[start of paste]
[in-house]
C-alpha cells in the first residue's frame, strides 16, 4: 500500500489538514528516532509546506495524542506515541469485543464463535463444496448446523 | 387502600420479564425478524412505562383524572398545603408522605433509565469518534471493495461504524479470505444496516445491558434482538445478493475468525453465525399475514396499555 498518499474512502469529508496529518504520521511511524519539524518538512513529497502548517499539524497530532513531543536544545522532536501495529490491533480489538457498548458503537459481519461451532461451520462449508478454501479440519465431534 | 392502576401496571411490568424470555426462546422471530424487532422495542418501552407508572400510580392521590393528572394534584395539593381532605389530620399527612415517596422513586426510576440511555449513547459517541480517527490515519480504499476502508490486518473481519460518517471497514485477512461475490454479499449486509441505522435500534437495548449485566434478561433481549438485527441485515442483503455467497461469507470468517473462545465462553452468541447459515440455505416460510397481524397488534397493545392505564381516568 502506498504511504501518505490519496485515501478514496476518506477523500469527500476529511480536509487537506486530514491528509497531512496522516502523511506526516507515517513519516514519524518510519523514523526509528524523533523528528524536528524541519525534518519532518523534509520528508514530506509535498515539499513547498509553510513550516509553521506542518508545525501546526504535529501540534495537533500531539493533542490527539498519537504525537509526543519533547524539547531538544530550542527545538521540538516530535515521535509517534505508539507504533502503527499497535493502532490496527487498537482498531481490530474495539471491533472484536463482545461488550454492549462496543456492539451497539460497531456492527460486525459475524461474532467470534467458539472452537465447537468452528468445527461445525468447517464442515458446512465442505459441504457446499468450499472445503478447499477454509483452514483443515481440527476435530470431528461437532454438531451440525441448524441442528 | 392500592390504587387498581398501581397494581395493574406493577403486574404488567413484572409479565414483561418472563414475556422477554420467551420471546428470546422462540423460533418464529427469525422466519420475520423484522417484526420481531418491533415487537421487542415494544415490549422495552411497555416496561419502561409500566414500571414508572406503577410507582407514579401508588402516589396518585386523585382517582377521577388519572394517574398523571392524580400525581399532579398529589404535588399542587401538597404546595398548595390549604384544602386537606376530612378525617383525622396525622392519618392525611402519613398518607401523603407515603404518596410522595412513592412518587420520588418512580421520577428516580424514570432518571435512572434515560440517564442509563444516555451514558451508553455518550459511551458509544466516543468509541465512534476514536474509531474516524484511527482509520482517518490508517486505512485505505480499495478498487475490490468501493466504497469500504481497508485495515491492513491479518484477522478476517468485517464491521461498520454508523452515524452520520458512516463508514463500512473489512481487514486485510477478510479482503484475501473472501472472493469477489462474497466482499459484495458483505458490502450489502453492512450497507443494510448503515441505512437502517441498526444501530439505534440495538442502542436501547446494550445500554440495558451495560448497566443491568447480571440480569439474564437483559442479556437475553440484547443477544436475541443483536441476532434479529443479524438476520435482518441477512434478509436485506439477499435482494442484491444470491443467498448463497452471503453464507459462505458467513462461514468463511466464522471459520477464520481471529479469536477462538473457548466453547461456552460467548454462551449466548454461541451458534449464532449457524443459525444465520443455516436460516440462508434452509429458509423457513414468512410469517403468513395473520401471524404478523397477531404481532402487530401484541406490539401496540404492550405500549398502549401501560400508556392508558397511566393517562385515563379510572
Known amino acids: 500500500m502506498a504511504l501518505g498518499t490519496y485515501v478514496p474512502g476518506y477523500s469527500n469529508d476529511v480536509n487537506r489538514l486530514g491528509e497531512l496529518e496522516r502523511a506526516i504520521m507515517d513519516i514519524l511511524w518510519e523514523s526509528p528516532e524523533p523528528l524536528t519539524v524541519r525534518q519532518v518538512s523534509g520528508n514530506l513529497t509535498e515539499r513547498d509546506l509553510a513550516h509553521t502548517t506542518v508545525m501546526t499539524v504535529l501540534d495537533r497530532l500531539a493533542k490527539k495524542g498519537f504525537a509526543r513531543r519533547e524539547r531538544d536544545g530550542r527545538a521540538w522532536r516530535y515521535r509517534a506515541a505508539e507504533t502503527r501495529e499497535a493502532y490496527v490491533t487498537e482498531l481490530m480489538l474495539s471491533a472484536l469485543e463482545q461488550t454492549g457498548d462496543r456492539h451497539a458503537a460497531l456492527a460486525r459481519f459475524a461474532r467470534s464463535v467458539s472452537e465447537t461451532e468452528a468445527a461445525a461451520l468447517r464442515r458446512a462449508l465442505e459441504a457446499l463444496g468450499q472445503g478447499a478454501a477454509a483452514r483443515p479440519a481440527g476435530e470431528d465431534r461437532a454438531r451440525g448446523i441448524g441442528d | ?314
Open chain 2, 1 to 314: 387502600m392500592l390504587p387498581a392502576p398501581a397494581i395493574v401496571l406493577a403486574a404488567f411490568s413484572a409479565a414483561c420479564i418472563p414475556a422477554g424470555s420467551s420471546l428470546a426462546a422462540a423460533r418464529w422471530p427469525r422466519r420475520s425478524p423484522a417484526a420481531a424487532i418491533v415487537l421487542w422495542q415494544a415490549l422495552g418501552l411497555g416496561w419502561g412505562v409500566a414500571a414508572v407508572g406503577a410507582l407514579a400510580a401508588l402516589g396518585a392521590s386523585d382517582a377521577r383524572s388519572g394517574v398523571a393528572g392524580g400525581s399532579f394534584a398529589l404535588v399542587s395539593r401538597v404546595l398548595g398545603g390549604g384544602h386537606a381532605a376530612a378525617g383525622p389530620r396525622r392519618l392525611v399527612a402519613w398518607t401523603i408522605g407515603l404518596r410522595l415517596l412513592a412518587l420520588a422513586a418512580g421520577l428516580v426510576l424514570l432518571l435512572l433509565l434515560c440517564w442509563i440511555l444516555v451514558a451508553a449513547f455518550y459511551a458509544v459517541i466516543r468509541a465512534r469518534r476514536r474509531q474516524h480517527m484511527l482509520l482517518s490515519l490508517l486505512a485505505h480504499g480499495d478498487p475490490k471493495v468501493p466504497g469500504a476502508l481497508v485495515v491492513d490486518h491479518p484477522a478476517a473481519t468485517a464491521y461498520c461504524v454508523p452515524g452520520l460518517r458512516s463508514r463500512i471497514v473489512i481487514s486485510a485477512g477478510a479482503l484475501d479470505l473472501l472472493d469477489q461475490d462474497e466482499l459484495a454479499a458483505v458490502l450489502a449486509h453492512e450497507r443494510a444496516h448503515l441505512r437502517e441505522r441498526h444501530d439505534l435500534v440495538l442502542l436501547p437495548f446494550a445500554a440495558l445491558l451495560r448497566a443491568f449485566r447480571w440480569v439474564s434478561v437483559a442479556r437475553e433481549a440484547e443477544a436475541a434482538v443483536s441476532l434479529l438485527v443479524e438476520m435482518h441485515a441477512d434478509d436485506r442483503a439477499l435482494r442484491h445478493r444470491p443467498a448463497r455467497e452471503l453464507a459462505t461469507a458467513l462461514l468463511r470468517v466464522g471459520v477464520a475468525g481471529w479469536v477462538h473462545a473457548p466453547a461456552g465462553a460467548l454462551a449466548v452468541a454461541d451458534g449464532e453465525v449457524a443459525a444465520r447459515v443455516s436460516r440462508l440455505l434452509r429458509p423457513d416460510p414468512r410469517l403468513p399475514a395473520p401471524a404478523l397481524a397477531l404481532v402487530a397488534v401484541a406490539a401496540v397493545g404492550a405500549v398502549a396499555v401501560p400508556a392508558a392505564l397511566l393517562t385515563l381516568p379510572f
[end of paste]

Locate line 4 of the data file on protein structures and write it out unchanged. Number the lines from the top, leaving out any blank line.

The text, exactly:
Open chain 2, 1 to 314: 387502600m392500592l390504587p387498581a392502576p398501581a397494581i395493574v401496571l406493577a403486574a404488567f411490568s413484572a409479565a414483561c420479564i418472563p414475556a422477554g424470555s420467551s420471546l428470546a426462546a422462540a423460533r418464529w422471530p427469525r422466519r420475520s425478524p423484522a417484526a420481531a424487532i418491533v415487537l421487542w422495542q415494544a415490549l422495552g418501552l411497555g416496561w419502561g412505562v409500566a414500571a414508572v407508572g406503577a410507582l407514579a400510580a401508588l402516589g396518585a392521590s386523585d382517582a377521577r383524572s388519572g394517574v398523571a393528572g392524580g400525581s399532579f394534584a398529589l404535588v399542587s395539593r401538597v404546595l398548595g398545603g390549604g384544602h386537606a381532605a376530612a378525617g383525622p389530620r396525622r392519618l392525611v399527612a402519613w398518607t401523603i408522605g407515603l404518596r410522595l415517596l412513592a412518587l420520588a422513586a418512580g421520577l428516580v426510576l424514570l432518571l435512572l433509565l434515560c440517564w442509563i440511555l444516555v451514558a451508553a449513547f455518550y459511551a458509544v459517541i466516543r468509541a465512534r469518534r476514536r474509531q474516524h480517527m484511527l482509520l482517518s490515519l490508517l486505512a485505505h480504499g480499495d478498487p475490490k471493495v468501493p466504497g469500504a476502508l481497508v485495515v491492513d490486518h491479518p484477522a478476517a473481519t468485517a464491521y461498520c461504524v454508523p452515524g452520520l460518517r458512516s463508514r463500512i471497514v473489512i481487514s486485510a485477512g477478510a479482503l484475501d479470505l473472501l472472493d469477489q461475490d462474497e466482499l459484495a454479499a458483505v458490502l450489502a449486509h453492512e450497507r443494510a444496516h448503515l441505512r437502517e441505522r441498526h444501530d439505534l435500534v440495538l442502542l436501547p437495548f446494550a445500554a440495558l445491558l451495560r448497566a443491568f449485566r447480571w440480569v439474564s434478561v437483559a442479556r437475553e433481549a440484547e443477544a436475541a434482538v443483536s441476532l434479529l438485527v443479524e438476520m435482518h441485515a441477512d434478509d436485506r442483503a439477499l435482494r442484491h445478493r444470491p443467498a448463497r455467497e452471503l453464507a459462505t461469507a458467513l462461514l468463511r470468517v466464522g471459520v477464520a475468525g481471529w479469536v477462538h473462545a473457548p466453547a461456552g465462553a460467548l454462551a449466548v452468541a454461541d451458534g449464532e453465525v449457524a443459525a444465520r447459515v443455516s436460516r440462508l440455505l434452509r429458509p423457513d416460510p414468512r410469517l403468513p399475514a395473520p401471524a404478523l397481524a397477531l404481532v402487530a397488534v401484541a406490539a401496540v397493545g404492550a405500549v398502549a396499555v401501560p400508556a392508558a392505564l397511566l393517562t385515563l381516568p379510572f